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Harcourt set for further growth

The bowling greens at Harcourt Bowling Club.

Things are happening at Harcourt, with the town set for residential expansion.

Wednesday 8 August 2018

Mount Alexander Shire Council has adopted a combined planning amendment and permit application for a 32 lot subdivision in Harcourt, paving the way for more housing options in the area.

The amendment would rezone land at 26 Market Street Harcourt from Farming Zone to General Residential Zone.

The amendment, now awaiting approval from the Minister for Planning, is accompanied by an application to create 32 residential lots in a two stage subdivision.

The Harcourt Land Use Framework Plan identifies this area, which is close to the town centre, for residential expansion.

Acting Director Sustainable Development Ben Grounds says the proposal helps deliver on Council’s plans for Harcourt as a strategic site for growth.

“Harcourt has so much going for it as a place to invest right now. The town is identified for residential expansion and population growth in the Mount Alexander Planning Scheme, as well as the Loddon Mallee South Regional Growth Plan,” said Mr Grounds.

Harcourt is just minutes off the Calder freeway with easy access to Melbourne, Bendigo and Castlemaine, and nearby rail services. It has a primary school, civic hall, and a variety of recreation facilities, sports clubs and interest groups, as well as a new mountain bike park.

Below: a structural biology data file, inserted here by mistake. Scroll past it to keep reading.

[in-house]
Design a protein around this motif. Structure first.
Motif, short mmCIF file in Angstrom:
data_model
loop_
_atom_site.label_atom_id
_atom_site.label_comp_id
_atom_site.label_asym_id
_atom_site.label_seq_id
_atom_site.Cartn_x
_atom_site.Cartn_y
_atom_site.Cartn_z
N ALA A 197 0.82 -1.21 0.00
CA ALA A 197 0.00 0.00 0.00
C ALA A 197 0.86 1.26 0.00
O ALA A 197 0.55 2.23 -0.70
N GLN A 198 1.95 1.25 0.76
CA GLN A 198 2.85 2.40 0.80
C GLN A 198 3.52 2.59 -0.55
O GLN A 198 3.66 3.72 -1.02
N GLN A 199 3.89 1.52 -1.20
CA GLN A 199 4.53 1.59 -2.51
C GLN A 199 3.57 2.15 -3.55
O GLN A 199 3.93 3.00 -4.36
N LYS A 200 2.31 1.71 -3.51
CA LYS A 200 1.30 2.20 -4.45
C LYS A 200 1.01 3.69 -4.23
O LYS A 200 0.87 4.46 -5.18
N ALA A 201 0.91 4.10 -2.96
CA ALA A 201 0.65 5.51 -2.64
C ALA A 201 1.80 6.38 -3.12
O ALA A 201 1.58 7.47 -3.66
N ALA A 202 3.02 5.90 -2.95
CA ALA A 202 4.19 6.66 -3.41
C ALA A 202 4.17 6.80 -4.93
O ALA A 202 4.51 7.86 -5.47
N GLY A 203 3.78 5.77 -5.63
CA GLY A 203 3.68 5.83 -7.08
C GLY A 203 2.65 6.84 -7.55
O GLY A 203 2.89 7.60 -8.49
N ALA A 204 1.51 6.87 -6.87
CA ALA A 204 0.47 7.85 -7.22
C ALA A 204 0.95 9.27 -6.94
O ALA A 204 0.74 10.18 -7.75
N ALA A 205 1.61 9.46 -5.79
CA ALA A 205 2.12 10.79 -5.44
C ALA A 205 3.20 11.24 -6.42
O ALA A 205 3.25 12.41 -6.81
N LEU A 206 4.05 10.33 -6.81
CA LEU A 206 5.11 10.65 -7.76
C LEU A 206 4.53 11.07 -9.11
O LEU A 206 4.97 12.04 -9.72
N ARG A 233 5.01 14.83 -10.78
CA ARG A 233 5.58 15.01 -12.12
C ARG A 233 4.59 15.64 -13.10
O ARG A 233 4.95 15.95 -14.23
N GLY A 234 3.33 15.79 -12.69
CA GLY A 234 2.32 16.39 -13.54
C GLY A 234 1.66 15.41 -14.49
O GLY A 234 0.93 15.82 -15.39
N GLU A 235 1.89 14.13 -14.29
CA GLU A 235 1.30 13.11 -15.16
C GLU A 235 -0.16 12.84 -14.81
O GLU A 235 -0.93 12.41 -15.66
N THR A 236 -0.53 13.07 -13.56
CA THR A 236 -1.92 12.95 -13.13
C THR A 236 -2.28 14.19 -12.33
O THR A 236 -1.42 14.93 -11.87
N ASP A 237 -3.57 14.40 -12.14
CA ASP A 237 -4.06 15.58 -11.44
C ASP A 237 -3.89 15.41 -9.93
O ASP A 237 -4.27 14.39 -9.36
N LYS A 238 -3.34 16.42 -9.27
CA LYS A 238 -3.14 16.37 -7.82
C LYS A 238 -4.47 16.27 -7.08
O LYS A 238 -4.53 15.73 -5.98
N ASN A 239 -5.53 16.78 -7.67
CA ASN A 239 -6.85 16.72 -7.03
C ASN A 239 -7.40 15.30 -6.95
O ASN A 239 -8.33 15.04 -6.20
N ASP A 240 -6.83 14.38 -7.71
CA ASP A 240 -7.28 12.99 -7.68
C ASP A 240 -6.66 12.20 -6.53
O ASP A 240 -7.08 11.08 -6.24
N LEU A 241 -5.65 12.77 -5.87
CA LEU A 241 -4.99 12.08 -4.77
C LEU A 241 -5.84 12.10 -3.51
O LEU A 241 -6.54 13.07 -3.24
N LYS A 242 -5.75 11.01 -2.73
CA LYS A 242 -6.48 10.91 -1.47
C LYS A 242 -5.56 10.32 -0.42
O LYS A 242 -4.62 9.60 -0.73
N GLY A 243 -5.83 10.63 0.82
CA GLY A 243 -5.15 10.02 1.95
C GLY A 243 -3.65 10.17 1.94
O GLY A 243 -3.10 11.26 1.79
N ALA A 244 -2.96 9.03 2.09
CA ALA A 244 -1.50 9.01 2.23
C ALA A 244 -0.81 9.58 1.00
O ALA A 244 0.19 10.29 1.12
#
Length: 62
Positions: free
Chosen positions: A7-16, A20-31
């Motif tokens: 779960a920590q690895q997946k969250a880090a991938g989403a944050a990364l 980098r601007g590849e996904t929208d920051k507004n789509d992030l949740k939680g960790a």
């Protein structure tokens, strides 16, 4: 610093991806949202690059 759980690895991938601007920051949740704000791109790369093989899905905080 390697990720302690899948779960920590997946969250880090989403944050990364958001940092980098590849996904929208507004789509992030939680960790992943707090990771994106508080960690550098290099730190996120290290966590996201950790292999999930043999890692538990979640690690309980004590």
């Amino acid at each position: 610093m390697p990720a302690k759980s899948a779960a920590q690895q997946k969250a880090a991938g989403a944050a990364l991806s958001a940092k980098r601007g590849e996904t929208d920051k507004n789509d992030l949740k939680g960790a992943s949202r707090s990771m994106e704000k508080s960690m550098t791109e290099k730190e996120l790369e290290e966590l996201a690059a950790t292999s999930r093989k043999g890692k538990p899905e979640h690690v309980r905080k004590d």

Over the past few years Council has worked with the community to improve Harmony Way and the town centre, including traffic calming works and a street tree planting program. Plans are underway for a new play space in Stanley Park North and improvements to local swimming pool amenities.

Harcourt is also home to a proactive community and is placed to take advantage of tourism opportunities like the Goldfields Track and La Larr Ba Gauwa Park.

“The Harcourt Progress Association is working with government authorities on plans to re-open the old railway station as a community hub next year, and with VicRoads to improve the entrance to the town from the freeway,” said Mr Grounds.

“While the town is famed for its apples, wines, cider, juices and local produce, there is also so much to explore if you love nature or getting active,” said Mr Grounds.

“The mountain bike park is putting Harcourt on the map with 34km of world class trails. It’s also an exciting time for business with the park projected to attract about 50 new jobs and 100,000 visitors a year after five years.”

Council is currently undertaking some town planning work to consolidate the significant strategic planning and community consultation previously undertaken.

“We’ll be conducting further engagement with the community before the end of this year to reaffirm a vision, along with urban growth and streetscape guidelines for Harcourt,” said Mr Grounds.

“This planning will see that residential expansion and job opportunities continue to support local agribusiness and horticultural activity, and complement the natural and cultural features in the area,” he said.


Image: Harcourt Bowling Club, the 'friendliest club in Victoria'.


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